Read More
    ReplyAgree/Disagree/Etc. More... This Commenter This Thread Hide Thread Display All Comments
  97. Sparkon says:
    @Taco
    How can you compare a general like Napoleon (who was a tactical master but lost all of the important campaigns) with a general like Douglas MacArthur, who doesn't really have a signature victory (maybe Inchon) but expertly executed the pacific theater?

    Douglas MacArthur, who doesn’t really have a signature victory (maybe Inchon) but expertly executed the pacific theater?

    Gen. MacArthur managed to have his entire air force caught on the ground many hours after Pearl Harbor, and much of it was destroyed. He had much more warning than Kimmel and Short did at Pearl Harbor, but where the Pearl commanders were reprimanded, and reduced in rank, “Dugout Doug” MacArthur got the Medal of Honor.

    Dugout Doug MacArthur lies ashaking on the Rock
    Safe from all the bombers and from any sudden shock
    Dugout Doug is eating of the best food on Bataan
    And his troops go starving on.

    Dugout Doug’s not timid, he’s just cautious, not afraid
    He’s protecting carefully the stars that Franklin made
    Four-star generals are rare as good food on Bataan
    And his troops go starving on.

    Dugout Doug is ready in his Kris Craft for the flee
    Over bounding billows and the wildly raging sea
    For the Japs are pounding on the gates of Old Bataan
    And his troops go starving on…

    –Anonymous, 1942

    Read More
    • Replies: @Whoever

    Gen. MacArthur managed to have his entire air force caught on the ground many hours after Pearl Harbor, and much of it was destroyed. He had much more warning than Kimmel and Short did at Pearl Harbor
     
    MacArthur was not directly in charge of air operations.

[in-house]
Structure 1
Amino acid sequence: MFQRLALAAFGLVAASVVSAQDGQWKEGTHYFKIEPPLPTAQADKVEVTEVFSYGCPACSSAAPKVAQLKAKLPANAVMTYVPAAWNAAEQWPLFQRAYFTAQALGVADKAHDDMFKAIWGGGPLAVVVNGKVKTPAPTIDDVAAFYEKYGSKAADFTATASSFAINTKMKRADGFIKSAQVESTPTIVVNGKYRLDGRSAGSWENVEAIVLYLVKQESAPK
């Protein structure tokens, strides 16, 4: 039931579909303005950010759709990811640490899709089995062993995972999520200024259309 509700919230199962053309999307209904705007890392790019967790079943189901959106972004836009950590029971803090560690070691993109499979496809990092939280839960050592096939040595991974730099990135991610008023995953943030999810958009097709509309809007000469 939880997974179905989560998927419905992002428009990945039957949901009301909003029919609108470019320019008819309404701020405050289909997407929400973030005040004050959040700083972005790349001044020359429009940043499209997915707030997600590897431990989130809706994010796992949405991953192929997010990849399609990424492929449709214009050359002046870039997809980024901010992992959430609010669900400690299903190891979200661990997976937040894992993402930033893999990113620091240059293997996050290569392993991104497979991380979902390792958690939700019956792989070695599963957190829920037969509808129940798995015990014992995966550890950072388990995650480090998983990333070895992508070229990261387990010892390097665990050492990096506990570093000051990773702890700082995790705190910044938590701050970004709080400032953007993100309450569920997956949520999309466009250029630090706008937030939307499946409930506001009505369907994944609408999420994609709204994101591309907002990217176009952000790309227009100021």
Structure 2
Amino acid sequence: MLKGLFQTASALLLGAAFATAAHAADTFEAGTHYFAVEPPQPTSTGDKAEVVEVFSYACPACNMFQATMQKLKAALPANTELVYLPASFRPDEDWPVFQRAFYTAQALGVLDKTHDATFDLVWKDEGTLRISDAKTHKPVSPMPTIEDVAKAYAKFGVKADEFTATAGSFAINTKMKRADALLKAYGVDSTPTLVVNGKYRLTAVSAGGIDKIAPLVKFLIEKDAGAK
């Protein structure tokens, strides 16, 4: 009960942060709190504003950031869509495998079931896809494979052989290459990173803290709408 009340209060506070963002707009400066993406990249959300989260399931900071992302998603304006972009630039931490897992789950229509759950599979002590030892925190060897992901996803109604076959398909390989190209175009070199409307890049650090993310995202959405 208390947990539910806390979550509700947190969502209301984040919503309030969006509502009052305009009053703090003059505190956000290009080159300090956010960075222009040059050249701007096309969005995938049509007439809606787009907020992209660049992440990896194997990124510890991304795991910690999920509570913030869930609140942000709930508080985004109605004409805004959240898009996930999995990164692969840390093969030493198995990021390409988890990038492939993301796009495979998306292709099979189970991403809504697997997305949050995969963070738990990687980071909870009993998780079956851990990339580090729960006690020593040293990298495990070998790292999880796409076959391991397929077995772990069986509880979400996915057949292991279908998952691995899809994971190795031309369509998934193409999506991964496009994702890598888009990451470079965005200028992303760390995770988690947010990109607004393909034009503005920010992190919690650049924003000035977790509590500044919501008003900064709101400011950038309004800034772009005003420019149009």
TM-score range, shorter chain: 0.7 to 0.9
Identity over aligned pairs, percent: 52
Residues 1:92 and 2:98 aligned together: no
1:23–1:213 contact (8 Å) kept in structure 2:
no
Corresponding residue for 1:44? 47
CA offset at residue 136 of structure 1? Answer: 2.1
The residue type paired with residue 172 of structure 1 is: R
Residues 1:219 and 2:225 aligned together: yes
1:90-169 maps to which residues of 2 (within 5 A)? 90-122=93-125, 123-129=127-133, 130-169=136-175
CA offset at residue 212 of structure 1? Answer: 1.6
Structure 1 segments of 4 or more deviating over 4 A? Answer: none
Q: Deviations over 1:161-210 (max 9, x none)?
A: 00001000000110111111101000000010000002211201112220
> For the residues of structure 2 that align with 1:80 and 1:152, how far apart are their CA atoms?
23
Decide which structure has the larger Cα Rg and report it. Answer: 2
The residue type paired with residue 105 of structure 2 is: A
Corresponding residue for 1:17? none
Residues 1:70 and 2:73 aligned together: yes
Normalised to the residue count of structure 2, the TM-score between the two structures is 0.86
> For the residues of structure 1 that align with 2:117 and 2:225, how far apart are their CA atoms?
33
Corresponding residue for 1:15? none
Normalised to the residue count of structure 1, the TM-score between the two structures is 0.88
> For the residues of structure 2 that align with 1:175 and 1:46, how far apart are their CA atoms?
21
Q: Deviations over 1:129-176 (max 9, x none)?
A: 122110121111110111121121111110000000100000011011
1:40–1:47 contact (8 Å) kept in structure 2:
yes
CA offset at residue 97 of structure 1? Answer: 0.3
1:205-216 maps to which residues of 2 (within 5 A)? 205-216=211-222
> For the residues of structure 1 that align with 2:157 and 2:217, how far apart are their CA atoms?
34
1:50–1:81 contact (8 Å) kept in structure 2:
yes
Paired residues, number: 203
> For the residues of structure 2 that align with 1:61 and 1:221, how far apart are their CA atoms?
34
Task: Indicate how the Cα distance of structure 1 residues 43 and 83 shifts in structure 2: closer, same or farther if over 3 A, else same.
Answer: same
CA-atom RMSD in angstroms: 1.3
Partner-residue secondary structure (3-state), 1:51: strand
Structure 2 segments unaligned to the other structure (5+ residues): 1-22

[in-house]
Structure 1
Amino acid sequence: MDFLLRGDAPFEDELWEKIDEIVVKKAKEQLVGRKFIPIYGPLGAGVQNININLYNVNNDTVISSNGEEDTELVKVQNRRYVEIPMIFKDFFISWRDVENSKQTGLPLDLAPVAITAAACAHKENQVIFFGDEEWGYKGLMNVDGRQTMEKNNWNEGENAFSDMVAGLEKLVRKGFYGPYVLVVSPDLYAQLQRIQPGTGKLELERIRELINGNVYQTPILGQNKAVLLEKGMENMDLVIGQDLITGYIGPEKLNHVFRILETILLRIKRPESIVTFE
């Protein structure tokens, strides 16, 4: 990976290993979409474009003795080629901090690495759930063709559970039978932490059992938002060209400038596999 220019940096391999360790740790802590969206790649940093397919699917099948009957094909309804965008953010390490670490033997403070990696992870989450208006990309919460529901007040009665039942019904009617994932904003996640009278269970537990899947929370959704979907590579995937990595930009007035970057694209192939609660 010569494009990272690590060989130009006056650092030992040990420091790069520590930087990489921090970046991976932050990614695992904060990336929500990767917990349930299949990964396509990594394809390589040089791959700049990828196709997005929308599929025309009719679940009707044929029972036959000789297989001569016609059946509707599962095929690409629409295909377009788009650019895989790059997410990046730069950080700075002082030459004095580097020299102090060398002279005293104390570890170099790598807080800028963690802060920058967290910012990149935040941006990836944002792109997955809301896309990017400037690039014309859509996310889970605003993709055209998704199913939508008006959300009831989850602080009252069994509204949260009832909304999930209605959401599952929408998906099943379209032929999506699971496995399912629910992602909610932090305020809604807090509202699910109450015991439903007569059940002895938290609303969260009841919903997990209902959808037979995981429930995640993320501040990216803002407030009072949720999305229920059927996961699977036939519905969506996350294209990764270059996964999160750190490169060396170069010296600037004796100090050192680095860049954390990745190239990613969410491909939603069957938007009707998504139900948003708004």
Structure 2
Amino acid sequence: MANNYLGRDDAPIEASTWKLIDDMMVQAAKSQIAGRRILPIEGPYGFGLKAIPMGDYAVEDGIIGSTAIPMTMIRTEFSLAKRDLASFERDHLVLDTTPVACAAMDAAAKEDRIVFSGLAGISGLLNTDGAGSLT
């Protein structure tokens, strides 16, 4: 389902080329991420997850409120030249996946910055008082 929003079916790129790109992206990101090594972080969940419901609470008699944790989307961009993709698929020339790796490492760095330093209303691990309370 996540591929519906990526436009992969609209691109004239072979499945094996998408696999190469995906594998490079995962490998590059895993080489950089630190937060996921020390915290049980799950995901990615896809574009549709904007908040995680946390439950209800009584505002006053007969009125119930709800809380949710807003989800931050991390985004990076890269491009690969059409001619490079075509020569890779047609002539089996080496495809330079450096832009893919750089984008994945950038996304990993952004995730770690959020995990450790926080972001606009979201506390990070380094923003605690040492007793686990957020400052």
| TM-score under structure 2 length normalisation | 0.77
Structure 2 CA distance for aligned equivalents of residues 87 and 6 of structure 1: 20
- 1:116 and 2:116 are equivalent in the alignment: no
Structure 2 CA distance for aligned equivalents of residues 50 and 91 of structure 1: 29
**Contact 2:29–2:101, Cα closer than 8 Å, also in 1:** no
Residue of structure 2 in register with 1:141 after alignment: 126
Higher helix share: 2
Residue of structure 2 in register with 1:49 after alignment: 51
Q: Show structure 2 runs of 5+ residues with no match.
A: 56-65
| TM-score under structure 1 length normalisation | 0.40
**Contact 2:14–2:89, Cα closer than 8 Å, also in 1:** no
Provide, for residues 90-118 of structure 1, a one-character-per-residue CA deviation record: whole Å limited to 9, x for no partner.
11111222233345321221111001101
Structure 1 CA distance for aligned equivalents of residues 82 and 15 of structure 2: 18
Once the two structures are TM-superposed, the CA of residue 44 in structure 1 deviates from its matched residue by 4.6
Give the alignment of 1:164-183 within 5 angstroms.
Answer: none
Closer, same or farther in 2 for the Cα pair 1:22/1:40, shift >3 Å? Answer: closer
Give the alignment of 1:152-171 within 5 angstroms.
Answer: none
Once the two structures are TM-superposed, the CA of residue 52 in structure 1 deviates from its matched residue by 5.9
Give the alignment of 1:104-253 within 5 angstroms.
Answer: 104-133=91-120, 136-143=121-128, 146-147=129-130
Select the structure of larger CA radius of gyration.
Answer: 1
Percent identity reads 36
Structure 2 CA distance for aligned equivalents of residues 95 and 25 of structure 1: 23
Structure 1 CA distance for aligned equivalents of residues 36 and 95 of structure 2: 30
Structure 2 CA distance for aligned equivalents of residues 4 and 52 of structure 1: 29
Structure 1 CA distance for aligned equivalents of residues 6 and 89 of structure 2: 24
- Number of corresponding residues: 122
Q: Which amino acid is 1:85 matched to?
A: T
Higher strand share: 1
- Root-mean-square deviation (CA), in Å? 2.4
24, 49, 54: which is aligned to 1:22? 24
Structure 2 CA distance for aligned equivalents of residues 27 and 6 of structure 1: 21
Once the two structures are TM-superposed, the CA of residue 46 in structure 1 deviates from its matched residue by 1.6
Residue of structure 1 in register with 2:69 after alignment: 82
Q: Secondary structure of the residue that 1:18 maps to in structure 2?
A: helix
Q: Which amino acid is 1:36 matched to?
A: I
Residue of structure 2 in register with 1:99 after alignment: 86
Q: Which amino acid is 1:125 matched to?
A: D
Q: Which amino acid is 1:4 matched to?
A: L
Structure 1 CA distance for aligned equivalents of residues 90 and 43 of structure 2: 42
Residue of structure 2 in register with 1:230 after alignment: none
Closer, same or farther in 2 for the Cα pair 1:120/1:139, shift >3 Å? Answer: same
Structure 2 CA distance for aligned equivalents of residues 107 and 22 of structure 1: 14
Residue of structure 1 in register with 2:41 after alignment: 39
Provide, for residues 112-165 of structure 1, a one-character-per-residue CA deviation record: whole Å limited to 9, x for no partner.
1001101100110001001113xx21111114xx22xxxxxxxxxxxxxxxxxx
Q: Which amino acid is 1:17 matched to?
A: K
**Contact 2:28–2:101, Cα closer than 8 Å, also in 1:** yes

The Philippine Dept. Air Force was commanded by BG Henry Clagett. The USFEAF was commanded by MG Lewis Brereton, who had arrived in the PI on Nov. 4. Brereton did not sit on his hands after learning of the Pearl Harbor attack.
    Brereton, who had already developed plans to raid Japanese forces on Taiwan -- objective folders had been prepared, although they were incomplete, pending air recon -- went to see MacArthur's chief of staff MG Richard Sutherland, requesting permission to launch an attack.
    He was told by Sutherland to prepare a recon mission but hold it until receiving further orders. That was around 5:00 am. He still hadn't got orders at 0715, made a second request and was told by Sutherland to wait.
    About this time Brereton got a telephone call from Hap Arnold in Washington warning him of what happened at Pearl Harbor and emphatically requesting him not to let the same thing happen at Clark so he tried to reach MacArthur directly, but was told by Sutherland that MacArthur was in conference and couldn't talk to him. Over the next few hours, Brereton repeatedly called Sutherland for permission to launch, finally annoying him so much that he told Brereton not to call anymore -- when and if permission was granted, Sutherland would call Brereton.  At 10:15, MacArthur, having just been informed of Brereton's request by Southerland, called Brereton directly and told him to launch the attack.  But Brereton seems to have reconsidered launching a pre-emptive strike and told MacArthur that since the Japanese hadn't attacked Clark yet they might not be planning to, and he would hold off an attack on Taiwan, merely send a reconnaissance plane over Taiwan to get up-to-date weather and target data. He would still be able to launch his bombers against Taiwan in the afternoon. MacArthur agreed with that and left all decisions for offensive air operations in Brereton's hands.